Children with vision impairment more likely to suffer from depression, anxiety


A study by Orbis International found that children with myopia experienced significantly higher levels of depression and anxiety than their peers without vision impairment.

A study by Orbis International found that children with myopia experienced significantly higher levels of depression and anxiety than their peers without vision impairment.

In addition, findings indicated that surgery to correct strabismus significantly improved symptoms of depression and anxiety in children.

The study, which was published in the peer-reviewed journal Ophthalmology, builds our understanding of the link between vision impairment, strabismus and children's mental health. While there is an existing large body of work focused on the impact of vision impairment on depression and anxiety in adults, studies investigating mental health in children with vision impairment are few and have not previously been reviewed in this comprehensive way.

Globally, an estimated 19 million children below the age of 14 years have vision impairment or are blind. While the prevalence of eye disorders, depression and anxiety is lower among children than adults, these conditions pose a greater risk to children when not identified and corrected promptly. The lifetime burden in terms of years affected by these conditions is also much higher.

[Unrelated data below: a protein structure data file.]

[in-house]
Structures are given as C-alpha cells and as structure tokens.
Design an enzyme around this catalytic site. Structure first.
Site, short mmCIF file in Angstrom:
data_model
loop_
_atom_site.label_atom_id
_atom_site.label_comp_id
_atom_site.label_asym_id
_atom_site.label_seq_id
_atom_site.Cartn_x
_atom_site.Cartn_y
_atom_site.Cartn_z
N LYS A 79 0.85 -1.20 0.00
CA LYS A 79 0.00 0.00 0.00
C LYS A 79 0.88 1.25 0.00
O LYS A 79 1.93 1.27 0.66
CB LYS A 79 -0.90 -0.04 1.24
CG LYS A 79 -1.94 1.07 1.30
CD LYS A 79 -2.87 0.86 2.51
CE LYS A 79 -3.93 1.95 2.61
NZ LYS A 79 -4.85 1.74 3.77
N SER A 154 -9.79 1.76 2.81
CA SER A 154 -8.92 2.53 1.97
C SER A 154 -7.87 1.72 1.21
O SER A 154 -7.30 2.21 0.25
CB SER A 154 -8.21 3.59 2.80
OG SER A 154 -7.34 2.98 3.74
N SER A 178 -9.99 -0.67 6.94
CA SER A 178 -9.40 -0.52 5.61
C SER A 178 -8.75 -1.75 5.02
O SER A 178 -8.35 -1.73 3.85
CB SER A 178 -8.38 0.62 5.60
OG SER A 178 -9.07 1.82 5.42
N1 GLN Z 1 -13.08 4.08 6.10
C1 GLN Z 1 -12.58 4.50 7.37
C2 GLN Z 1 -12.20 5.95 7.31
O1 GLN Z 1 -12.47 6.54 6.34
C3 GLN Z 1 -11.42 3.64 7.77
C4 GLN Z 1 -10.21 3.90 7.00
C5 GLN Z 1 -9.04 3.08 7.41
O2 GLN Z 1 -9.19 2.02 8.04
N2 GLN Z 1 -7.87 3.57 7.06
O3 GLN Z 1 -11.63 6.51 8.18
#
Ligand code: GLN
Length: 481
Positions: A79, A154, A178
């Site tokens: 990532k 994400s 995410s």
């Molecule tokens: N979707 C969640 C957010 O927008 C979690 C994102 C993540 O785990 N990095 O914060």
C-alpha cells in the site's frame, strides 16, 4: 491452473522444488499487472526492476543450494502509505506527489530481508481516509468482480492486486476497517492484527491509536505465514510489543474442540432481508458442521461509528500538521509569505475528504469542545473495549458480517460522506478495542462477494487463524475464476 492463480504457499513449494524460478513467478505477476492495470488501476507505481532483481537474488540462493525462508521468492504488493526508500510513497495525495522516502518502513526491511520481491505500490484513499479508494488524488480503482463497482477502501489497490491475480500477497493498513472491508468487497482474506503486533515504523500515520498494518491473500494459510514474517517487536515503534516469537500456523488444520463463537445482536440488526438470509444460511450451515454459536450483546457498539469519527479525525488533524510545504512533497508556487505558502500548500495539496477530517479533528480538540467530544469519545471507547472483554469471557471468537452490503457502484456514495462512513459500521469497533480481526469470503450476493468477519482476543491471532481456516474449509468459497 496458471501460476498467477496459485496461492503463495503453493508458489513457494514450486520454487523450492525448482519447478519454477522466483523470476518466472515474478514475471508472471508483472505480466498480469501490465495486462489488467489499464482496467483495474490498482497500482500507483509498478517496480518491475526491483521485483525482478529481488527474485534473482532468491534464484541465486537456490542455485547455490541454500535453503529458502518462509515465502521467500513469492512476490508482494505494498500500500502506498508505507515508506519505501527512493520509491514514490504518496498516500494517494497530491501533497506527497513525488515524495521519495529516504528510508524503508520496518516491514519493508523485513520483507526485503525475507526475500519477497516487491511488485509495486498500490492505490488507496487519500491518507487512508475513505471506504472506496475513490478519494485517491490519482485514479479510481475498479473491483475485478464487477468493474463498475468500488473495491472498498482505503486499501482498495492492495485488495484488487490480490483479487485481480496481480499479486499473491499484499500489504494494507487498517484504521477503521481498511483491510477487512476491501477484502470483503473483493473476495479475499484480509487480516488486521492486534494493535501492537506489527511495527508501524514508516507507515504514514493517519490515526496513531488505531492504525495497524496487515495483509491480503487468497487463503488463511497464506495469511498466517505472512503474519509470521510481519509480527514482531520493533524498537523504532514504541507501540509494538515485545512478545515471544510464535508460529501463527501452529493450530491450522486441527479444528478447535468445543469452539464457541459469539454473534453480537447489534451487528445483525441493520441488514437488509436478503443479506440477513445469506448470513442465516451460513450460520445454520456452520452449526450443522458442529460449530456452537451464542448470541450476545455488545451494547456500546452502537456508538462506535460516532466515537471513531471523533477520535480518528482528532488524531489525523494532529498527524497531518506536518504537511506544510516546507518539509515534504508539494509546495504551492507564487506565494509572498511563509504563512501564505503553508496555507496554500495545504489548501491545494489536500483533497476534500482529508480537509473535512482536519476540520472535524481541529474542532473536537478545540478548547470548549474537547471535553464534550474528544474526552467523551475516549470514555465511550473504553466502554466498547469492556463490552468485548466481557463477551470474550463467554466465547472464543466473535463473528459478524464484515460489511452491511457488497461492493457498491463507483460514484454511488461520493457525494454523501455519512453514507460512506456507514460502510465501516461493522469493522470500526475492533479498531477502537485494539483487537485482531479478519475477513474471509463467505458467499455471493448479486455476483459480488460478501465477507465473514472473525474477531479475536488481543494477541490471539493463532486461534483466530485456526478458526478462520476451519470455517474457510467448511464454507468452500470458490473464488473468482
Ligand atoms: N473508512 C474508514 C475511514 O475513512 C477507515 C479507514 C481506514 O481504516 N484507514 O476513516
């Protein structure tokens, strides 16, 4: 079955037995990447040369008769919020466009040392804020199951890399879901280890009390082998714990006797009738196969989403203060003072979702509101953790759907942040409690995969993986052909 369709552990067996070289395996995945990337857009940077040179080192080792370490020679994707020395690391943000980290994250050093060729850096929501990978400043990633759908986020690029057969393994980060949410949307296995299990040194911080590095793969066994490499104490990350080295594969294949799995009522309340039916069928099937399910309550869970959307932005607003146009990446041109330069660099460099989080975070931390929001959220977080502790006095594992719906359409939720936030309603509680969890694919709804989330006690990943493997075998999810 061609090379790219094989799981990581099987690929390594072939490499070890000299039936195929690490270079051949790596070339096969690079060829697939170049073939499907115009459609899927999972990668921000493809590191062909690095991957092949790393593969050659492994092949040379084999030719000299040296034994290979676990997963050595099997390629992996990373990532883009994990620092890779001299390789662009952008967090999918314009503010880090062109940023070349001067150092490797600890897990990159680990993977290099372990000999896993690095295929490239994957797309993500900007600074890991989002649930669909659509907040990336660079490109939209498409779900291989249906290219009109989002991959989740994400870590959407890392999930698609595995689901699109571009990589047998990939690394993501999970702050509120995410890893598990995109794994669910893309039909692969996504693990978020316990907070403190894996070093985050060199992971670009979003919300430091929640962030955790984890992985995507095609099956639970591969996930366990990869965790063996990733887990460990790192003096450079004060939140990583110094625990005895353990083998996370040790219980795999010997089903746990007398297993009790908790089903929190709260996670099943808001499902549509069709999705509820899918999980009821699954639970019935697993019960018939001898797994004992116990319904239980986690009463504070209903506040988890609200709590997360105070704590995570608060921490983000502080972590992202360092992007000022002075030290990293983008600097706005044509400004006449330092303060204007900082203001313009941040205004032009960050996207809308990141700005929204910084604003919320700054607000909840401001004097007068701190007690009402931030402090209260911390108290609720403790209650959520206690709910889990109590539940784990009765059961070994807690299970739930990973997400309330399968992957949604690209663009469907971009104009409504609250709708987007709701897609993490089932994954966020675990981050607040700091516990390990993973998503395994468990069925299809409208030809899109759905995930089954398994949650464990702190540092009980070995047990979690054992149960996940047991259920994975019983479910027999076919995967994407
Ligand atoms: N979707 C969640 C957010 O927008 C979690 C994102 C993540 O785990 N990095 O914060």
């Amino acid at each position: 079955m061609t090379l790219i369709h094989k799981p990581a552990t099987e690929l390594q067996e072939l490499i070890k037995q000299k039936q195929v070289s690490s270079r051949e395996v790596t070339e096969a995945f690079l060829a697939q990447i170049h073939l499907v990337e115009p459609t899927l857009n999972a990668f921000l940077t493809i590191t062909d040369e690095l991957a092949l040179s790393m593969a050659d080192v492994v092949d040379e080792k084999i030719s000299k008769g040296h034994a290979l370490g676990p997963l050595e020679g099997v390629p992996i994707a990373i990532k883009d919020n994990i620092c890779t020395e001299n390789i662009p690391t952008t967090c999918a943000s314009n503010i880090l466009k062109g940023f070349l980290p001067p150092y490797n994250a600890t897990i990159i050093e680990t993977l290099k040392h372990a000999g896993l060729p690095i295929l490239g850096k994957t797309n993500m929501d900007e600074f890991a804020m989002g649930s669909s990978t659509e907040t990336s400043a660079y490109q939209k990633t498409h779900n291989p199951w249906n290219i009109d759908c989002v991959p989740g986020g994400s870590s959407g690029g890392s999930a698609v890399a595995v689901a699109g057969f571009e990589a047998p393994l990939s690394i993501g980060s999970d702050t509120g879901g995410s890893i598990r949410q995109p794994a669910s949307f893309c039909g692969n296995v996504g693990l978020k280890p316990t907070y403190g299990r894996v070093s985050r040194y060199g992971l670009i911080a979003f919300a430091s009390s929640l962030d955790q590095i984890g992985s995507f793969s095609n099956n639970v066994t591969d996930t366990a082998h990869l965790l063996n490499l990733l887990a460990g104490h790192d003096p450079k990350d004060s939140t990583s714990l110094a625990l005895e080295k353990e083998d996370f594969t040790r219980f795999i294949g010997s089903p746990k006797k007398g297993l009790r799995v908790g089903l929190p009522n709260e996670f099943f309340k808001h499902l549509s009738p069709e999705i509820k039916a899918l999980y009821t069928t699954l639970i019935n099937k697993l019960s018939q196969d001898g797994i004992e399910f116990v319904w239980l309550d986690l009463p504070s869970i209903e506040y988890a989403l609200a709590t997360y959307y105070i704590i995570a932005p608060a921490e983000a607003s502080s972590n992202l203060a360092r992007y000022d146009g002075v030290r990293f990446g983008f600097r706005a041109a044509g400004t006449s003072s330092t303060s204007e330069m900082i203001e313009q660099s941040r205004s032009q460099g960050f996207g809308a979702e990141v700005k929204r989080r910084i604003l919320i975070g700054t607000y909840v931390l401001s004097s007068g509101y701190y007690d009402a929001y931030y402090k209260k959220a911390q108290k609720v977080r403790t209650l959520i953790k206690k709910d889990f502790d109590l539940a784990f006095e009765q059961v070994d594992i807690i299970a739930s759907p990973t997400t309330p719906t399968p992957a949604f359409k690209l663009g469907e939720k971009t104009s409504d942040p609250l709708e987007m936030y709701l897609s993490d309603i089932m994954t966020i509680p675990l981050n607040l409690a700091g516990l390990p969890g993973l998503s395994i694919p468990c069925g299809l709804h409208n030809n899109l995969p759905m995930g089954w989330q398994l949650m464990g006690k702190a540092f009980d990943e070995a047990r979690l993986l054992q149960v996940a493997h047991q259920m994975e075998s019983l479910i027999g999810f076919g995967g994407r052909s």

Orbis's new study posits that the mental health of children with vision impairment may be adversely affected because they tend to participate in fewer physical activities, have lower academic achievement and are more socially isolated. Further, common vision conditions like strabismus can also negatively impact children's development and maturation, affecting not just their appearance, which can in turn affect their confidence and feelings of social belonging, but also their ability to carry out certain activities and their state of mind.

"Resilient mental health is an important requirement for children to thrive. As we see in the newly published research findings, this can be negatively impacted if a child has a vision impairment," says Prof. Nathan Congdon, Director of Research at Orbis International. "With this research, Orbis has pulled together for the first time the kind of convincing evidence that can help spur governments to action on children's vision. These results are all the more compelling because the very strongest evidence we found for impact on mental health was among kids with near-sightedness, treatable with a simple pair of glasses."

This research has profound implications for health care planners when allocating resources and designing interventions to curb vision impairment. For example, in some countries, strabismus surgery is seen as a cosmetic procedure and excluded from insurance coverage, forcing families to pay out-of-pocket. These barriers could deter patients of low socioeconomic status from seeking treatment and keep the mental health benefits of corrective surgery out-of-reach. More accessible eye care treatments will improve children's mental health and overall well-being.

Originally published on our sister brand, Ophthalmology Times.

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